A Busy Day of Rest

Saturday, January 07, 2023
Douala, Littoral, Cameroon
Today was our Sabbath day of rest, and we finally had everyone together, although not at the same time. We had set the time for our service at 11:00 at the request of members who would have to take public transportation to arrive. That can mean connecting on several bus lines, in order to arrive, and depending on traffic, this can take a while.
In most of the US, people are accustomed to driving where they want to go. It tends to be mostly people of very limited means or people in densely populated metropolitan centers who use public transportation (subway, train, bus, boat). The European model, which is very city-centric, leans much more on public transportation, which is usually subsidized by the State. A city like Paris or London would be unworkable without public transportation, there aren’t enough roads or parking spaces for everyone to drive a car. In fact, even the more limited vehicular traffic in European cities is already a much larger problem than is the case in the US. And to be fair, in Paris or London, it is usually faster to get around town by taking a train or subway than to go by car, which usually is the opposite case in the US.
Much of French Africa is modeled along the French system of busses, taxis and sometimes trains, in large part because few people can afford a personal automobile. So, if a trip across town is not carefully planned and if extra time is not allowed as a buffer, the chance of being late is fairly large.
We started right on time at 11:00, singing hymns, and asking an opening prayer.  The song-leader, and the man called on to pray in our name, are two of our oldest members, very faithful men, from north of the capital. I first men them in the 1990s, and they have been solid and faithful ever since. They have traversed the uncertainties and the stresses of their country’s history and that of the Church, and have come through with flying colors. I’m always encouraged when I see them.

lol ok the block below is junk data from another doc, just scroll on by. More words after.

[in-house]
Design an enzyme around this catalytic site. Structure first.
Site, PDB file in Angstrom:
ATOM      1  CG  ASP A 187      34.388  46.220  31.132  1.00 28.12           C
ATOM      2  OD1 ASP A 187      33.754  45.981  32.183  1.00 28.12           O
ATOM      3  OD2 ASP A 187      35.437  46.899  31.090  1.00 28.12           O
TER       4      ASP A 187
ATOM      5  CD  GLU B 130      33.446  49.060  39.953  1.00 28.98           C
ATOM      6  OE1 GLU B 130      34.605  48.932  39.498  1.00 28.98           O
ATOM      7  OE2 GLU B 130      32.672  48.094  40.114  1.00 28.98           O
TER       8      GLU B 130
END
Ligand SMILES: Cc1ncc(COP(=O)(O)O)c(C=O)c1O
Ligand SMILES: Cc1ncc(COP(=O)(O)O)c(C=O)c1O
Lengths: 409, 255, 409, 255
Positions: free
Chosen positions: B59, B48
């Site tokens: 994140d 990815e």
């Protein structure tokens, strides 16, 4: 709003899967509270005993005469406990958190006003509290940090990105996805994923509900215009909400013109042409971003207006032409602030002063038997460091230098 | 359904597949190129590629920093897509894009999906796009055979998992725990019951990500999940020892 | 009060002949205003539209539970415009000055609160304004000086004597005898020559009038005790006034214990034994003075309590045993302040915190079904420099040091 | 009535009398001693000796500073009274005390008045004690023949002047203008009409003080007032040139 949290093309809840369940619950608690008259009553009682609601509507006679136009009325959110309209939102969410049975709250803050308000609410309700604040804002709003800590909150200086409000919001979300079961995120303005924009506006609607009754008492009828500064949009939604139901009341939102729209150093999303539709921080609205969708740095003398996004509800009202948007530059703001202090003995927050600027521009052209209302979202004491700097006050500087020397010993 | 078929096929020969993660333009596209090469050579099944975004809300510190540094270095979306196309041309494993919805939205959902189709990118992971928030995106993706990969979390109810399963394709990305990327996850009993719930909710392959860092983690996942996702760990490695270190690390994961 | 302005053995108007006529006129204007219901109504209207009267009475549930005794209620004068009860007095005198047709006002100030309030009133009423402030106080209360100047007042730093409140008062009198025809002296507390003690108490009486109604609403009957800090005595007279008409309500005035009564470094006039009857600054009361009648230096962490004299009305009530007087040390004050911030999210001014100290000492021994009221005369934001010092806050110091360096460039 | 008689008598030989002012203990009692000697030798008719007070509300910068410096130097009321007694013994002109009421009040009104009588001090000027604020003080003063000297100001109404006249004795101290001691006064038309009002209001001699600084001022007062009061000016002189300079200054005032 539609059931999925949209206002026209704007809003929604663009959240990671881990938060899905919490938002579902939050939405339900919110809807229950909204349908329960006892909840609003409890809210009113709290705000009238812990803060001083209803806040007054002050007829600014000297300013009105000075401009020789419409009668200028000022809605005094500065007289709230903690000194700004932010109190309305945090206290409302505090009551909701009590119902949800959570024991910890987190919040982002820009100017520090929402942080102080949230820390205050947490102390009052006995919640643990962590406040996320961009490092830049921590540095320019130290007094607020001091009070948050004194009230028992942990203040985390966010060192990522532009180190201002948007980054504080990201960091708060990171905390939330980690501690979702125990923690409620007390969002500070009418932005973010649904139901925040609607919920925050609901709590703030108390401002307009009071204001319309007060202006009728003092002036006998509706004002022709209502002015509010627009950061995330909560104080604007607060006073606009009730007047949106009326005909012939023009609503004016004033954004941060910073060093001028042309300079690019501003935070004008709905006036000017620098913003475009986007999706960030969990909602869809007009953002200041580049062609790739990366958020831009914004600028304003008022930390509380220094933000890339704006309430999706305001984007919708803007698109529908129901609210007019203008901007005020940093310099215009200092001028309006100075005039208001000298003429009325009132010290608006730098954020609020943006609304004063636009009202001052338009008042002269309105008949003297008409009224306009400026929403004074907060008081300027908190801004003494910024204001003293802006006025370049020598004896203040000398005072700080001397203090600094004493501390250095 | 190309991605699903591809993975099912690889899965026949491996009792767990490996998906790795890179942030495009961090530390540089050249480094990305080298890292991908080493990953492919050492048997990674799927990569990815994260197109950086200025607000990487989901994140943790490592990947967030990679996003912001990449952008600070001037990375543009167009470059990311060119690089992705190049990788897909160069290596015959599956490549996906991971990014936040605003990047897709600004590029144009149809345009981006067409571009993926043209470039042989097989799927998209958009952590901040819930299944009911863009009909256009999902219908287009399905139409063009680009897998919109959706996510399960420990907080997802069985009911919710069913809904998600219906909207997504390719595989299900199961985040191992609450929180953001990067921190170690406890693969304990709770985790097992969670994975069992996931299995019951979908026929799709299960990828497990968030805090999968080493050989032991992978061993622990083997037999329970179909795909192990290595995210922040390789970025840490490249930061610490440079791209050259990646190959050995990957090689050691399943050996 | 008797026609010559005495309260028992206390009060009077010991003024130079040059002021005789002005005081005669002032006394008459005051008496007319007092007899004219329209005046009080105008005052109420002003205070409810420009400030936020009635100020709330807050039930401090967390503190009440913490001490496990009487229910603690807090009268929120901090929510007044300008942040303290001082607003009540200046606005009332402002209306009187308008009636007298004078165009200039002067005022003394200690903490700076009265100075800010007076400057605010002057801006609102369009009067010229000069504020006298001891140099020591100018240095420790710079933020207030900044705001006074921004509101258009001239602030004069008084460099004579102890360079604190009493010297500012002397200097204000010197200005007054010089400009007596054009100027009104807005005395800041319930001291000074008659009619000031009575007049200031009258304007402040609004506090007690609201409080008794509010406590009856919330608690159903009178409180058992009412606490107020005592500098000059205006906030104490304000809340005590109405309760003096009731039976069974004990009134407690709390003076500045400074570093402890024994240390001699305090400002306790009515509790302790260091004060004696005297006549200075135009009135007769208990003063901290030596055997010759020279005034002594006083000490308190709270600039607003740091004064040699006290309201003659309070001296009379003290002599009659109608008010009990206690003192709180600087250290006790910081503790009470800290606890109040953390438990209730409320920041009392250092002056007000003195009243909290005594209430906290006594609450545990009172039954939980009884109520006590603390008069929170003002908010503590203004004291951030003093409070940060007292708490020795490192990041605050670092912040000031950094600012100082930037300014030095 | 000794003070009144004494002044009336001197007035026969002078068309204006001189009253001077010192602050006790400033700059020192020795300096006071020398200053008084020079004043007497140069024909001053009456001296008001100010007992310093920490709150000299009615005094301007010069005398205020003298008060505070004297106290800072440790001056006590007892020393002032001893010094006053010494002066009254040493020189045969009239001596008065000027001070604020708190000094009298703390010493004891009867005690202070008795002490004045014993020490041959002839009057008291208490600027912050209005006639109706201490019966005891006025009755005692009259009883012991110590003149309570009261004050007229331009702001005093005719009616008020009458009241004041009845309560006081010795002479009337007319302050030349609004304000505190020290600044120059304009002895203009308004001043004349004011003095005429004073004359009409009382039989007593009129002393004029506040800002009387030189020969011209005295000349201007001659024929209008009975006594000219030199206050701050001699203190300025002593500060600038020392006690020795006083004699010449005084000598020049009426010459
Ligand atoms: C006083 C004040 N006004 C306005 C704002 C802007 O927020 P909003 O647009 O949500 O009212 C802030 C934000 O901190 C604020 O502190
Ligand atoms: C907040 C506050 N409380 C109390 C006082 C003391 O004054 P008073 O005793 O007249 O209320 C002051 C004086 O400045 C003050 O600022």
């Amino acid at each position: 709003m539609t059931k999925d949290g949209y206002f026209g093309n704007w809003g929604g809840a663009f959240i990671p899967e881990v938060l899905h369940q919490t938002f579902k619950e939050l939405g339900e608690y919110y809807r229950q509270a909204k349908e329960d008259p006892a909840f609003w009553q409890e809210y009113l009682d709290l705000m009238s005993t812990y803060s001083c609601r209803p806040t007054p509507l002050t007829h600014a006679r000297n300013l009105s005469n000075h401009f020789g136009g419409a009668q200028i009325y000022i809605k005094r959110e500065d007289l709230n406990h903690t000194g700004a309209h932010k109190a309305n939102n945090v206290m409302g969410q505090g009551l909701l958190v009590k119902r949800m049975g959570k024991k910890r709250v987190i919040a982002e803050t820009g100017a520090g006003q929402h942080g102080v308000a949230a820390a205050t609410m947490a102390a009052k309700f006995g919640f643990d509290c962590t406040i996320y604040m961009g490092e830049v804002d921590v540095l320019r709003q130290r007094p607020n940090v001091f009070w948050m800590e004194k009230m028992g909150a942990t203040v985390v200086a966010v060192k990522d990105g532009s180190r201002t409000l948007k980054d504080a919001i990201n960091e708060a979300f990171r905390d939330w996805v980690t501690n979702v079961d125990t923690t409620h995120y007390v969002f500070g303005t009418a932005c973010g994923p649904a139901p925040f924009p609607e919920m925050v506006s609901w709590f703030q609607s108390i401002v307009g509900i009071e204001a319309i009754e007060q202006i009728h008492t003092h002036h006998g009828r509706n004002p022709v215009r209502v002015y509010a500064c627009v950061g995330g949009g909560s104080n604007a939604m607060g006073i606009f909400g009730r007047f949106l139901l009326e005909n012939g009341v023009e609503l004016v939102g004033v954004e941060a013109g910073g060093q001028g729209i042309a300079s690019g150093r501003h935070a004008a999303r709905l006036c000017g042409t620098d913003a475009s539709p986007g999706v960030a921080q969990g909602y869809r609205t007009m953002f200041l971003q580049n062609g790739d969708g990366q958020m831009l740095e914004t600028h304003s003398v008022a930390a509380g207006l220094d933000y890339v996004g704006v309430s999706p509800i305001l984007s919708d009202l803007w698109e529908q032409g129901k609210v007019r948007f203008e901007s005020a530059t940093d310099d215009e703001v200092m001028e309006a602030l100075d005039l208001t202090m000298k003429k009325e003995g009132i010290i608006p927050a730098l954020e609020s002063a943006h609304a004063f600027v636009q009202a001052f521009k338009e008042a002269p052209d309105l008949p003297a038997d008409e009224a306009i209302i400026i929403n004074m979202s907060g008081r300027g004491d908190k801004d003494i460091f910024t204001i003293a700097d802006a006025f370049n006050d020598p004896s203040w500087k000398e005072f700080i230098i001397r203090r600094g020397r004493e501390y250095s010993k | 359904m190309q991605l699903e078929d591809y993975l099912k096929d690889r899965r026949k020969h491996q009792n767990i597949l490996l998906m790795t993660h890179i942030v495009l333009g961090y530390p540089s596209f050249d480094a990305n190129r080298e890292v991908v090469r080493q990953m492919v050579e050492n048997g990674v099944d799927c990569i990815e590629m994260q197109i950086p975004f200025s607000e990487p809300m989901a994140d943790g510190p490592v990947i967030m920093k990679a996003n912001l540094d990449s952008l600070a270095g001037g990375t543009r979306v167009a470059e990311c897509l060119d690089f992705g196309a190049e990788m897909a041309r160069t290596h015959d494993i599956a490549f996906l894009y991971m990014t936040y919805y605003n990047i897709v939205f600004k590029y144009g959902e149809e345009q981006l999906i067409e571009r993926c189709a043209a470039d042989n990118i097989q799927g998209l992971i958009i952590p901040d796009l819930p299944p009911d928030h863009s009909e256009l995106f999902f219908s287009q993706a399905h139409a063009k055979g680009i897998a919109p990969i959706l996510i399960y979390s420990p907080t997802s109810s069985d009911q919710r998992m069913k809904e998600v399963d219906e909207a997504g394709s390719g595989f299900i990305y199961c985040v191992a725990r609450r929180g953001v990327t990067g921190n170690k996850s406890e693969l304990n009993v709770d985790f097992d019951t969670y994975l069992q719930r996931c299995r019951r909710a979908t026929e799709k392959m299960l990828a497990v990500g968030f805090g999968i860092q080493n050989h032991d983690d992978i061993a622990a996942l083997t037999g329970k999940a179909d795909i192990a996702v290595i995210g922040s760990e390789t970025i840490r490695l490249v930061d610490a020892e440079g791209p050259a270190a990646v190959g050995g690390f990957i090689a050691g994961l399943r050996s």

At the start of the service we had the blessing of the little children. It’s been three years since I was last here, so there were new children, five babies or little children to be blessed. I read Mark 10:13, explained it, and how we would proceed. I underlined the fact that this was for “little children” that could be taken one’s arms.  I asked the parent to come forward and, asked God’s blessing on the ceremony as a whole. Then I either held the children and laid a hand on their heads, or if they were very small, left them in their mothers arms, and asked God’s protection for each child, from disease and accident and other unhappiness. I asked for a blessing on the parents that they would have wisdom and love, to give their children the best start in life they could, and that in due time God would draw each child to His Son. A sixth woman came forward with her young teenager. I told her I might be able to pick him up for a moment, but I wouldn’t hold him up for whole prayer, so he was past the age. I said we could always pray for God’s blessing and protection on him, but not the framework of this ceremony.
Following this blessing, I gave a sermon on how to identify the Antichrist. The members here are very interested in prophecy, and this subject is an important one, as it has been since the first century.